Local History: A Meditation on the Mill River Flood

Debris Flow: A Meditation on the Mill River Reservoir Disaster in 1874
Historic Northampton
March 11, 2016 through April 3, 2016

On May 16, 1874, an earthen reservoir dam in Williamsburg, Massachusetts broke, thanks to hubris and human error. One hundred thirty nine people died, and some 600 million gallons of water and debris destroyed factories, homes, and bridges along an 11-mile path, ending in a broad plain in Florence. The tragedy, the first major dam disaster in the United States, was a big story nationwide, and photographers flocked to document it.

The Debris Flow: A Meditation on the Mill River Reservoir Disaster in 1874 by Rebecca Muller at Historic Northampton is a mixed-media exhibition based on stereopticon images of this historic disaster. Through this exhibit, Muller showcases her artistic explorations, which often revolve around found material, scattered fragments of things lost, abandoned, eroded, or wrecked. Her showcase brings to life the symbolism of debris – physical, emotional, spiritual and energetic – and how it impacts our lives.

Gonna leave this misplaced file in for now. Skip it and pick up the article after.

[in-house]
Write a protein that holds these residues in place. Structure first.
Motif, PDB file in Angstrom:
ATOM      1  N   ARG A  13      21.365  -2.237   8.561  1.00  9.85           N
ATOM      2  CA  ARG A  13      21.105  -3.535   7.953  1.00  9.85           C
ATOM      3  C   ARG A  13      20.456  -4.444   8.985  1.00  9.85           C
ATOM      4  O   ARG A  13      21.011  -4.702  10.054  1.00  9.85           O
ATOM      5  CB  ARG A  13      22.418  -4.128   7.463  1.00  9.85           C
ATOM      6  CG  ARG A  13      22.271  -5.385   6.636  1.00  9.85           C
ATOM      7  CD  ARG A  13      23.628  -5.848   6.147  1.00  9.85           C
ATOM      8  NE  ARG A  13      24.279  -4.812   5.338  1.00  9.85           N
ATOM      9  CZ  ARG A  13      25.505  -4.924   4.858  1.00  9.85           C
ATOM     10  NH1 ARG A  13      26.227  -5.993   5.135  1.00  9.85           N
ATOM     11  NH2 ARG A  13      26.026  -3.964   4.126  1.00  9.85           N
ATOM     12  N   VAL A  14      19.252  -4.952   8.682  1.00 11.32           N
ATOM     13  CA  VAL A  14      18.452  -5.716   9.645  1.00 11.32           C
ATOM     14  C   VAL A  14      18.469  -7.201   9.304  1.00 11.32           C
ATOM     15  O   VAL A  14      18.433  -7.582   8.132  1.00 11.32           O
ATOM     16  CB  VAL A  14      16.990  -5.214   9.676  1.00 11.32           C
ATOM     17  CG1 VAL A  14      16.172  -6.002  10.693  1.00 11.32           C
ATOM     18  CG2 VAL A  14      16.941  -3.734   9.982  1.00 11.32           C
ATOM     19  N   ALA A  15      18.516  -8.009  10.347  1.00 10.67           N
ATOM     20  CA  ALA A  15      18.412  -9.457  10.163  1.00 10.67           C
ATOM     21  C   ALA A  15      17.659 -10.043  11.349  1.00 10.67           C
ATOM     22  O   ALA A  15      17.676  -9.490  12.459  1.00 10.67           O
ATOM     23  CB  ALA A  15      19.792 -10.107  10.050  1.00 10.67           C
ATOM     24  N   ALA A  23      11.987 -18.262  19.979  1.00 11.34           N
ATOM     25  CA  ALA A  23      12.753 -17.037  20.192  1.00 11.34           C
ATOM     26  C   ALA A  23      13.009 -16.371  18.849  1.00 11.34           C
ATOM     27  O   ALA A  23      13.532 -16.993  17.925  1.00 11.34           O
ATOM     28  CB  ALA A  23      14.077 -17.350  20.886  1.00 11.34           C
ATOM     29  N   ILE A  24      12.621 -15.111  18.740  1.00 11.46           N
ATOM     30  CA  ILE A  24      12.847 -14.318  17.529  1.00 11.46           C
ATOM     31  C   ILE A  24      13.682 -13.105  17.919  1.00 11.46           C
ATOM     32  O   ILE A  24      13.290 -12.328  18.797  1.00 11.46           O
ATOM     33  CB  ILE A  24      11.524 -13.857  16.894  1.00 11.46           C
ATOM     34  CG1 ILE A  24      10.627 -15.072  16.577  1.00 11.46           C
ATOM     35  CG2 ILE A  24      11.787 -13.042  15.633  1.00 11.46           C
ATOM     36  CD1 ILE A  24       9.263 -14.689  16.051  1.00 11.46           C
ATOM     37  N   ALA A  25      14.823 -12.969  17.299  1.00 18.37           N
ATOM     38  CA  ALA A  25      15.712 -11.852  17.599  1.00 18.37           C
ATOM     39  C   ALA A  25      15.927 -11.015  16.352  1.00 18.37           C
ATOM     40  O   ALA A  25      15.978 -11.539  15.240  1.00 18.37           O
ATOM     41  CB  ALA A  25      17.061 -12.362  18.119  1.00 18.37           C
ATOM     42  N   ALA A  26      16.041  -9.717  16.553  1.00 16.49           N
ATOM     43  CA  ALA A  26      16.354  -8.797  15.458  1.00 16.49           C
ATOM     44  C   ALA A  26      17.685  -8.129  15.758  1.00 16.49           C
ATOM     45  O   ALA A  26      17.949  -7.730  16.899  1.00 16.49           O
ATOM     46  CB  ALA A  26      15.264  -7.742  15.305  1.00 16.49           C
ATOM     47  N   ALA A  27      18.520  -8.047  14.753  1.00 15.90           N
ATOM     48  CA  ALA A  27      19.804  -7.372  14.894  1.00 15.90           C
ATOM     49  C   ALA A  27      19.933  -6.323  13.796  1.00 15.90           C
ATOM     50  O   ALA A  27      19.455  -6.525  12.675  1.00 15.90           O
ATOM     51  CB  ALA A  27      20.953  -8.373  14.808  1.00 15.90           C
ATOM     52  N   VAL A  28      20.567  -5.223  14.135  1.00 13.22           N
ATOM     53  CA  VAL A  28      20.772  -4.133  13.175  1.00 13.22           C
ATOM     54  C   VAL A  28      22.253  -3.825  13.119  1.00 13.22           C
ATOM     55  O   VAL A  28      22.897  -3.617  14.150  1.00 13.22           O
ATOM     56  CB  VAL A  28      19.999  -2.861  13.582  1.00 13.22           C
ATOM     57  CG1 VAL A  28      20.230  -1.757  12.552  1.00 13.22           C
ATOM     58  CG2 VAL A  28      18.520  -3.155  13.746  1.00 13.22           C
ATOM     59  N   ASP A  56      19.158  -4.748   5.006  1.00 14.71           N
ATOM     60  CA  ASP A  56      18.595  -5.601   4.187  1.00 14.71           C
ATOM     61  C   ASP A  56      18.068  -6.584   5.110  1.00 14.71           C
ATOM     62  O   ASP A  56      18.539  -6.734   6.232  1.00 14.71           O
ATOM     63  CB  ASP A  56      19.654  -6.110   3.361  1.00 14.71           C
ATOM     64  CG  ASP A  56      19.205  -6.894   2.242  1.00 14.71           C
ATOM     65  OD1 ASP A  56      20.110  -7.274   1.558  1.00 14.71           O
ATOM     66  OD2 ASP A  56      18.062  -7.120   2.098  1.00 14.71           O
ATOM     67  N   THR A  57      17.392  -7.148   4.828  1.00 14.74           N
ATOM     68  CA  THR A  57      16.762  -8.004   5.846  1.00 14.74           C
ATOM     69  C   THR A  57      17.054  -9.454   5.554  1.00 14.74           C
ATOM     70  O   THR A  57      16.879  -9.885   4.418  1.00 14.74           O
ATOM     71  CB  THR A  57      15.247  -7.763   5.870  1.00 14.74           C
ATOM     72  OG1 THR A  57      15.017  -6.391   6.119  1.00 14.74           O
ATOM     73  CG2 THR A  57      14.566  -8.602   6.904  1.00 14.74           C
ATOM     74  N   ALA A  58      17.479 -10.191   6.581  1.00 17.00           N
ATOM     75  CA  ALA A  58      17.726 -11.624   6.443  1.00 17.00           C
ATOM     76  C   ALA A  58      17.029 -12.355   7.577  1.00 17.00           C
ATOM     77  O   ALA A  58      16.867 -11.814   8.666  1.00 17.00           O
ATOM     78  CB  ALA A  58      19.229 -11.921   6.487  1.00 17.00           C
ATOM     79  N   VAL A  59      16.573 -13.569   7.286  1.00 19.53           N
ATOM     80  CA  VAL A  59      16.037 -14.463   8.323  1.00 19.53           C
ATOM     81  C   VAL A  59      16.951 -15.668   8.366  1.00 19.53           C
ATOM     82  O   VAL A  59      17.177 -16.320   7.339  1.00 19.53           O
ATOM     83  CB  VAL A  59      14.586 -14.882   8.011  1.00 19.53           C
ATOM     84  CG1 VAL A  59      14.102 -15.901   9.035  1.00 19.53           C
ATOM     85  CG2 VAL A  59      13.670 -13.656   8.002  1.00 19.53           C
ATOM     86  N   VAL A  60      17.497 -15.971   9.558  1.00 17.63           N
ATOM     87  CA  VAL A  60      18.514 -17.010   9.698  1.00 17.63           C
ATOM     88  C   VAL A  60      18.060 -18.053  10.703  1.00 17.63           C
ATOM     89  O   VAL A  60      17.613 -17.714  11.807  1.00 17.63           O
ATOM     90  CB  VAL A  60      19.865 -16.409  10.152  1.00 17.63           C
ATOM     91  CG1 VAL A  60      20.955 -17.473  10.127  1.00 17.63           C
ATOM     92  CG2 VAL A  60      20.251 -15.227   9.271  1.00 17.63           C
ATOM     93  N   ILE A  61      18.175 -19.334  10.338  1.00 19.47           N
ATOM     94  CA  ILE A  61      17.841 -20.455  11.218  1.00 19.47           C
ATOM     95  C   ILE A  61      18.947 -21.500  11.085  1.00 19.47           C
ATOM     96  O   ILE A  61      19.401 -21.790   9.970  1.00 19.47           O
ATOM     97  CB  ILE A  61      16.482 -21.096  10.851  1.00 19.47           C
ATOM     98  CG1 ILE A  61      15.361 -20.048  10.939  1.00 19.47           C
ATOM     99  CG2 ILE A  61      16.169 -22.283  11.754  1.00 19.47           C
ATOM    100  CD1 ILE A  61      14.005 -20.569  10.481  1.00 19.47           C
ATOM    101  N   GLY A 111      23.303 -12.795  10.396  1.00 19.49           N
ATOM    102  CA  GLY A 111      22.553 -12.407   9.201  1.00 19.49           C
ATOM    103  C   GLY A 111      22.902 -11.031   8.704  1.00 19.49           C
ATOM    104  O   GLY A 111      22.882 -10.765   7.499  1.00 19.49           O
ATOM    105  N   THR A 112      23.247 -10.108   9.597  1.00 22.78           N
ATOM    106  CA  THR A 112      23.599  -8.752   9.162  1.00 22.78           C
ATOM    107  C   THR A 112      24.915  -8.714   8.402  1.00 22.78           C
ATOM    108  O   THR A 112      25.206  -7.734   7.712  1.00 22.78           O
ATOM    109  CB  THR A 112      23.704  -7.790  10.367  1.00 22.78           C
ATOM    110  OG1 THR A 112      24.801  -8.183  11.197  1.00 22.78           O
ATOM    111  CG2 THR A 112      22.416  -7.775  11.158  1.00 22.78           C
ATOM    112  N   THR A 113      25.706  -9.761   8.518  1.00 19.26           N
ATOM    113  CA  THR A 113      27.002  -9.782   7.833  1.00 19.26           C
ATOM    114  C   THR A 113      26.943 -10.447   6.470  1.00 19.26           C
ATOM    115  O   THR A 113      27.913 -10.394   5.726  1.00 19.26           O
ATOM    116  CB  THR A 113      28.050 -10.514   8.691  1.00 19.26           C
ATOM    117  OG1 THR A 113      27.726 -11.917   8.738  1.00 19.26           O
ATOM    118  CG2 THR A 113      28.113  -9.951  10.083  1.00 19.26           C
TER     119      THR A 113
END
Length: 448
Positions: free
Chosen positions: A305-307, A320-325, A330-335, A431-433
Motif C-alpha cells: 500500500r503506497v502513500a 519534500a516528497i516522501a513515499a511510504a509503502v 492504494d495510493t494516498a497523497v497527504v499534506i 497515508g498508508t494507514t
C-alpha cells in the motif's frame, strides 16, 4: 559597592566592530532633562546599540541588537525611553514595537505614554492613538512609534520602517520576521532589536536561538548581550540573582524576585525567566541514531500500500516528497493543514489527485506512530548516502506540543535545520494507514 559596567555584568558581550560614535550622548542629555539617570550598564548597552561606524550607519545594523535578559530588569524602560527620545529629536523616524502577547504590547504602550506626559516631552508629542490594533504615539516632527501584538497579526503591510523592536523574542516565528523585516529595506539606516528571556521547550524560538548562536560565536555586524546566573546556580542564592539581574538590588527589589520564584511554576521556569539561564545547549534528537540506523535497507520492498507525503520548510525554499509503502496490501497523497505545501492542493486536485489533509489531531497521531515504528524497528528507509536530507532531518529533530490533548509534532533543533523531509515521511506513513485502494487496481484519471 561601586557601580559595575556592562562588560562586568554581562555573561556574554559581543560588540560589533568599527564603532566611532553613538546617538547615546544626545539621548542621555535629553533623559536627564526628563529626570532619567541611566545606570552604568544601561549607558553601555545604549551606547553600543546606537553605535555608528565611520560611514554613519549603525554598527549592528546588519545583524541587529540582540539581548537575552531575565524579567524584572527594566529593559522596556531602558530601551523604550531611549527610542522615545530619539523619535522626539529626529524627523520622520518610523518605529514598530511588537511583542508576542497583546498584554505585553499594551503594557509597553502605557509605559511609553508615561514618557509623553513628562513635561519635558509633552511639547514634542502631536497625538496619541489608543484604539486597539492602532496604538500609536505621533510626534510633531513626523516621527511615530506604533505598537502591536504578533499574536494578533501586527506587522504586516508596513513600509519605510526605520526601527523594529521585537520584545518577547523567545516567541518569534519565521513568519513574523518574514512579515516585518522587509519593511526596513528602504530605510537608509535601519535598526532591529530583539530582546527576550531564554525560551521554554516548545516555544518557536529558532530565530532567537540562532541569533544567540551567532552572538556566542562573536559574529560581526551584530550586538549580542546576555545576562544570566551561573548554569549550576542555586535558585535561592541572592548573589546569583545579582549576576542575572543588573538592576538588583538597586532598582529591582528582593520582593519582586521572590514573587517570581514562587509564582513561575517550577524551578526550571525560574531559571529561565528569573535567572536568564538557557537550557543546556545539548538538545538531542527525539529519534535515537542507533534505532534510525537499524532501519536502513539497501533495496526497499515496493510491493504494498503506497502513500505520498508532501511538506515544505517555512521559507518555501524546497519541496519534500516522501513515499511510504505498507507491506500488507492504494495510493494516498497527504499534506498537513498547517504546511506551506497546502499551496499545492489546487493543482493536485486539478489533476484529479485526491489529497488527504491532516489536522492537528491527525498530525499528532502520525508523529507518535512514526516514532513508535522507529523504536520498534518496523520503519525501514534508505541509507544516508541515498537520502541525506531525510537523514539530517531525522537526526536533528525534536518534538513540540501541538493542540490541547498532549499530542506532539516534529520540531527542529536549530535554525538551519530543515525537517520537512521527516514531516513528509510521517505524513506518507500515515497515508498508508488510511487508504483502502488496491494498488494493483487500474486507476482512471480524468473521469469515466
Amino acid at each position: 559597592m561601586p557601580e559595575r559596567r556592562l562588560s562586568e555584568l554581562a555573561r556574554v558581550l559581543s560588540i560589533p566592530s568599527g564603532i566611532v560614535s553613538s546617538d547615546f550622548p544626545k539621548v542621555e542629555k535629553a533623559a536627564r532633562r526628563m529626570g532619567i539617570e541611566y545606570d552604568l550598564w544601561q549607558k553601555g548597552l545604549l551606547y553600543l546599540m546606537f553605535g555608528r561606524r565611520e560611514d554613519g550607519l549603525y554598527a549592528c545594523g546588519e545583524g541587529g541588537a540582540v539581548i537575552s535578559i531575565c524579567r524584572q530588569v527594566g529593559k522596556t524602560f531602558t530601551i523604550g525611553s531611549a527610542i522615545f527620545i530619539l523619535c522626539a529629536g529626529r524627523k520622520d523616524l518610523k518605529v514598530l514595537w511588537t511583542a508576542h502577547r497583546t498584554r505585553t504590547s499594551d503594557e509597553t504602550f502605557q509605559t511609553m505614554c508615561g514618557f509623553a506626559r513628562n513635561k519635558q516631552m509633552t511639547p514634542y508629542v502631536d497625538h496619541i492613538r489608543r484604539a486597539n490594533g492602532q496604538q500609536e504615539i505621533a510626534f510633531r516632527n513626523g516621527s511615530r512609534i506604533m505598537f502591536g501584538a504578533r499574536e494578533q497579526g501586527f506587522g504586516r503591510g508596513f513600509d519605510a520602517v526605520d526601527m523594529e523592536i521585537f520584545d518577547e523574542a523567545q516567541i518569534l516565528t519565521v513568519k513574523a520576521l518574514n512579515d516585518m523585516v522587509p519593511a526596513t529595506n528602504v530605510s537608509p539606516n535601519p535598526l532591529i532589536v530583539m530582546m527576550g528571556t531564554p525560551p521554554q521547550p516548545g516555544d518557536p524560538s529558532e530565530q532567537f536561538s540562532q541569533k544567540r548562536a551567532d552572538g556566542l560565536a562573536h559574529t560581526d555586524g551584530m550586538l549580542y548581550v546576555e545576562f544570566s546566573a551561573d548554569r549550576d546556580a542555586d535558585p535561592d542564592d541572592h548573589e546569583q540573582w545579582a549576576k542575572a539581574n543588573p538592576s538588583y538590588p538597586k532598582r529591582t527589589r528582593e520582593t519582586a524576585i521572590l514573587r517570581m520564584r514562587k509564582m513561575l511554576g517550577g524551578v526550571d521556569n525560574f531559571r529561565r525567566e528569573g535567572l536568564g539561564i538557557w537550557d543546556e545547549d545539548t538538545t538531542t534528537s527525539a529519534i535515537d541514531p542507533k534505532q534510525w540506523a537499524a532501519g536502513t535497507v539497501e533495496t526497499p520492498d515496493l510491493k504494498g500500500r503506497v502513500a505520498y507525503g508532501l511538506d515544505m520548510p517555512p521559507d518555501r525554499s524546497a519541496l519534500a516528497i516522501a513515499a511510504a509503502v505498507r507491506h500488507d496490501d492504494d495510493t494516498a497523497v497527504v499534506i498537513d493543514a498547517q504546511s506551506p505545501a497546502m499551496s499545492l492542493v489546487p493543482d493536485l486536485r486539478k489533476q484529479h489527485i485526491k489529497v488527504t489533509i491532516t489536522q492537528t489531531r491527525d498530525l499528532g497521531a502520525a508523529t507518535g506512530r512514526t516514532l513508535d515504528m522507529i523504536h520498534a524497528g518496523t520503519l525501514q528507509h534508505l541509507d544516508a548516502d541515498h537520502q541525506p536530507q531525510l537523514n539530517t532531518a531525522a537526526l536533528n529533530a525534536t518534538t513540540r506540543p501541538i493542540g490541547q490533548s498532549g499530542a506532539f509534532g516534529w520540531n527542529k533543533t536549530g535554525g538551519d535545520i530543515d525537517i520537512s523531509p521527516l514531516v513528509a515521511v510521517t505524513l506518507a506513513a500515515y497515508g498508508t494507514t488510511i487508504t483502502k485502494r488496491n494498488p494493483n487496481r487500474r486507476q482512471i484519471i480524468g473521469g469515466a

Through her art, Muller also shows us that there is beauty in debris, as it serves to mark time passing, the impact of weather, and its historic aftermath of events. This display features the masterful work of this talented Massachusetts artist while also educating viewers about the 1874 flood that held local and national significance. The exhibit runs March 11, 2016 through April 3, 2016 at Historic Northampton. 413-584-6011. 46 Bridge Street, Northampton, MA. (SUGGESTED DONATION $3)

Leave a Comment

Fill in your details below or click an icon to log in:

WordPress.com Logo

You are commenting using your WordPress.com account. Log Out / Change )

Twitter picture

You are commenting using your Twitter account. Log Out / Change )

Facebook photo

You are commenting using your Facebook account. Log Out / Change )

Google+ photo

You are commenting using your Google+ account. Log Out / Change )

Connecting to %s

%d bloggers like this: